Lord, J.J.; Burnett, T.H.; Wilkes, R.J.

1990-09-20T23:59:59.000Z

220

Application of the active well coincidence counter to the measurement of uranium  

Science Conference Proceedings (OSTI)

An Active Well Coincidence Counter has been developed to assay uranium fuel material in field inspection applications. The unit is used to measure bulk UO/sub 2/ samples, high enrichment uranium metals, LWR fuel pellets, and /sup 233/U-Th fuel materials which have very high gamma-ray backgrounds.

Menlove, H.O.; Foley, J.E.; Bosler, G.E.

1980-01-01T23:59:59.000Z

Note: This page contains sample records for the topic "nuclei particle counter" from the National Library of EnergyBeta (NLEBeta).
While these samples are representative of the content of NLEBeta,
they are not comprehensive nor are they the most current set.
We encourage you to perform a real-time search of NLEBeta
to obtain the most current and comprehensive results.


221

A study of hardware performance monitoring counter selection in power modeling of computing systems  

Science Conference Proceedings (OSTI)

Power management and energy savings in high-performance computing has become an increasingly important design constraint. The foundation of many power/energy saving methods is based on power consumption models, which commonly rely on hardware performance ... Keywords: energy saving,performance monitoring counters,power modeling

Reza Zamani; Ahmad Afsahi

2012-06-01T23:59:59.000Z

222

Using behavioral measures to assess counter-terrorism training in the field  

Science Conference Proceedings (OSTI)

Development of behavioral pattern recognition and analysis skills is an essential element of counter-terrorism training, particularly in the field. Three classes of behavioral measures were collected in an assessment of skill acquisition during a US ... Keywords: behavioral observations, knowledge-skills-attitudes, profiling, scenarios, situational judgment tests, tracking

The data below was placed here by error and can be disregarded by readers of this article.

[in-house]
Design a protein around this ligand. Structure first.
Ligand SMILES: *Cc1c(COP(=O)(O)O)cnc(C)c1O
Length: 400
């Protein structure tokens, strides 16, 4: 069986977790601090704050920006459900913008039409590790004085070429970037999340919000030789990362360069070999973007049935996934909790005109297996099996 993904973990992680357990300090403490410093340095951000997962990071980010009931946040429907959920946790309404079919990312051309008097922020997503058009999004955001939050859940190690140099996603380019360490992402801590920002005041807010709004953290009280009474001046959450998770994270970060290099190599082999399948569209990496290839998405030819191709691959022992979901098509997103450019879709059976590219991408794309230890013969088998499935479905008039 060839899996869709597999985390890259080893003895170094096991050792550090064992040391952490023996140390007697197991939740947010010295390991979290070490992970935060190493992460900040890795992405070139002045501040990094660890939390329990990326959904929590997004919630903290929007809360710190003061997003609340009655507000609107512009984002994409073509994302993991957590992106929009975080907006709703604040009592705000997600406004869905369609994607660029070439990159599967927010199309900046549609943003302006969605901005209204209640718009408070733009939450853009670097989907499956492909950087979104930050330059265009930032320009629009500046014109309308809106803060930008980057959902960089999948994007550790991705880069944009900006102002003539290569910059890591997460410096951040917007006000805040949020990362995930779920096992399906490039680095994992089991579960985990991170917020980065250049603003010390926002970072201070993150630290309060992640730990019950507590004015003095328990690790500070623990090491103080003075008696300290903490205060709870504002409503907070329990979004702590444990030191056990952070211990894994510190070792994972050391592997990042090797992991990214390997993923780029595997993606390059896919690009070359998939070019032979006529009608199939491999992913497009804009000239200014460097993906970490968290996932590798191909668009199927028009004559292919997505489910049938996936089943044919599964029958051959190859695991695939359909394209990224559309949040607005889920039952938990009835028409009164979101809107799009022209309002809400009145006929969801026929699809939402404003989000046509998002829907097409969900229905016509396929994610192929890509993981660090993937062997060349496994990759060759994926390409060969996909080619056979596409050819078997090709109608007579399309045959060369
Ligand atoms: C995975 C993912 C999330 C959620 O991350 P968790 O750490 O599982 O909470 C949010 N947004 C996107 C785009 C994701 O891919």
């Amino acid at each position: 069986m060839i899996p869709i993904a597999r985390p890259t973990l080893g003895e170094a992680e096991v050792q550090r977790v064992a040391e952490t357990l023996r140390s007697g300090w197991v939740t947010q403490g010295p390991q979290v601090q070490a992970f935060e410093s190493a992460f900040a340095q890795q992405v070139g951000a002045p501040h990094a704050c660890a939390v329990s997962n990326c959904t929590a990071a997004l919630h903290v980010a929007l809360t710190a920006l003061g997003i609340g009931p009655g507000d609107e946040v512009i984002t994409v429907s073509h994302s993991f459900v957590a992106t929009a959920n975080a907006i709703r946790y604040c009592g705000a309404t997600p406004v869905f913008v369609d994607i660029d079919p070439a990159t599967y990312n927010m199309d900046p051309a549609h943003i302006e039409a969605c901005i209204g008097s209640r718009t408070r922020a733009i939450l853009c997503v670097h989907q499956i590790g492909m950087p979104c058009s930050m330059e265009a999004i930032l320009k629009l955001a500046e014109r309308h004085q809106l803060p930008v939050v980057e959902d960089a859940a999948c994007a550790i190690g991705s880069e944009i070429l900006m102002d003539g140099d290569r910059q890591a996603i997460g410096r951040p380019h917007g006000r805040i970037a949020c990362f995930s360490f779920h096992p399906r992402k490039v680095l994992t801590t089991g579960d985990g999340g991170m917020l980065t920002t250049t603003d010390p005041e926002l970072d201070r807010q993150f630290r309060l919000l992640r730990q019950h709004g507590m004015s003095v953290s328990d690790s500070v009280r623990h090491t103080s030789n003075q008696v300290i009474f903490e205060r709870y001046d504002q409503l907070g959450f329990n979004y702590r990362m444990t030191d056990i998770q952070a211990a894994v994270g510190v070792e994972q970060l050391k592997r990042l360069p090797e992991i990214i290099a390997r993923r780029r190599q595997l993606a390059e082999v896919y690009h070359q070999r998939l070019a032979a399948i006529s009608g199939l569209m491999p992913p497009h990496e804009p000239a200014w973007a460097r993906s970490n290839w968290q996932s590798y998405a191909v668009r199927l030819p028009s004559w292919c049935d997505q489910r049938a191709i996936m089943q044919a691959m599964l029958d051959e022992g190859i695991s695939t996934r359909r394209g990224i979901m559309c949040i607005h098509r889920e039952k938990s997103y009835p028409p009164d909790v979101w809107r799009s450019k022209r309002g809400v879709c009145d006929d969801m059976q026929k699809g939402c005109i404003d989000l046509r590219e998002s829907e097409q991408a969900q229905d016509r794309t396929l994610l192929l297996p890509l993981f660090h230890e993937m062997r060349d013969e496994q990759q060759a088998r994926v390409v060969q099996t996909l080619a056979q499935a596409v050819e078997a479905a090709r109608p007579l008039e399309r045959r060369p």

V. Alan Spiker; Joan H. Johnston

2011-07-01T23:59:59.000Z

223

Position-sensitive proportional counter with low-resistance metal-wire anode  

DOE Patents (OSTI)

A position-sensitive proportional counter circuit is provided which allows the use of a conventional (low-resistance, metal-wire anode) proportional counter for spatial resolution of an ionizing event along the anode of the counter. A pair of specially designed active-capacitance preamplifiers are used to terminate the anode ends wherein the anode is treated as an RC line. The preamplifiers act as stabilized active capacitance loads and each is composed of a series-feedback, low-noise amplifier, a unity-gain, shunt-feedback amplifier whose output is connected through a feedback capacitor to the series-feedback amplifier input. The stabilized capacitance loading of the anode allows distributed RC-line position encoding and subsequent time difference decoding by sensing the difference in rise times of pulses at the anode ends where the difference is primarily in response to the distributed capacitance along the anode. This allows the use of lower resistance wire anodes for spatial radiation detection which simplifies the counter construction and handling of the anodes, and stabilizes the anode resistivity at high count rates (>10.sup.6 counts/sec).

Kopp, Manfred K. (Oak Ridge, TN)

1980-01-01T23:59:59.000Z

224

Tag-only aging-counter localization for the R-LIM2 system  

Science Conference Proceedings (OSTI)

With the large number of items stored in present-day libraries, locating the exact position of an item is time-consuming. This is true not only for poorly managed libraries, but also for well maintained libraries. In the former case, the problem is rather ... Keywords: Aging counter, Book retrieval, Library, Localization, R-LIM2, RFID

Jung-Wook Choi; Dong-Ik Oh

2011-03-01T23:59:59.000Z

225

A Vindication of the Twomey-Type Cloud Condensation Nucleus Counter  

Science Conference Proceedings (OSTI)

The performance of the Twomey-type cloud condensation nucleus (CCN) counter is evaluated by a numerical simulation and found to be better than that predicted in an earlier study. Due to a lack of data on CCN spectra at low supersaturations, the ...

D. J. Alofs; Yue-Tung Tue

1986-09-01T23:59:59.000Z

226

A humidity temperature test on the HLNC (high-level neutron coincidence counter) instrument  

SciTech Connect

This paper presents the findings of a laboratory study made to determine the effects of unusual climatic conditions on high-level neutron coincidence counters (HLNCs). The capability of the instrument, when undesirable temperatures and/or humidities are present, the change in count rate as temperature and humidity increase, and the extent of humidity/temperature interaction are examined.

Goldman, A.; Augustson, R.; Karlin, E.W.

1987-07-01T23:59:59.000Z

227

SCALING OF COUNTER-CURRENT IMBIBITION PROCESSES IN LOW-PERMEABILITY  

E-Print Network (OSTI)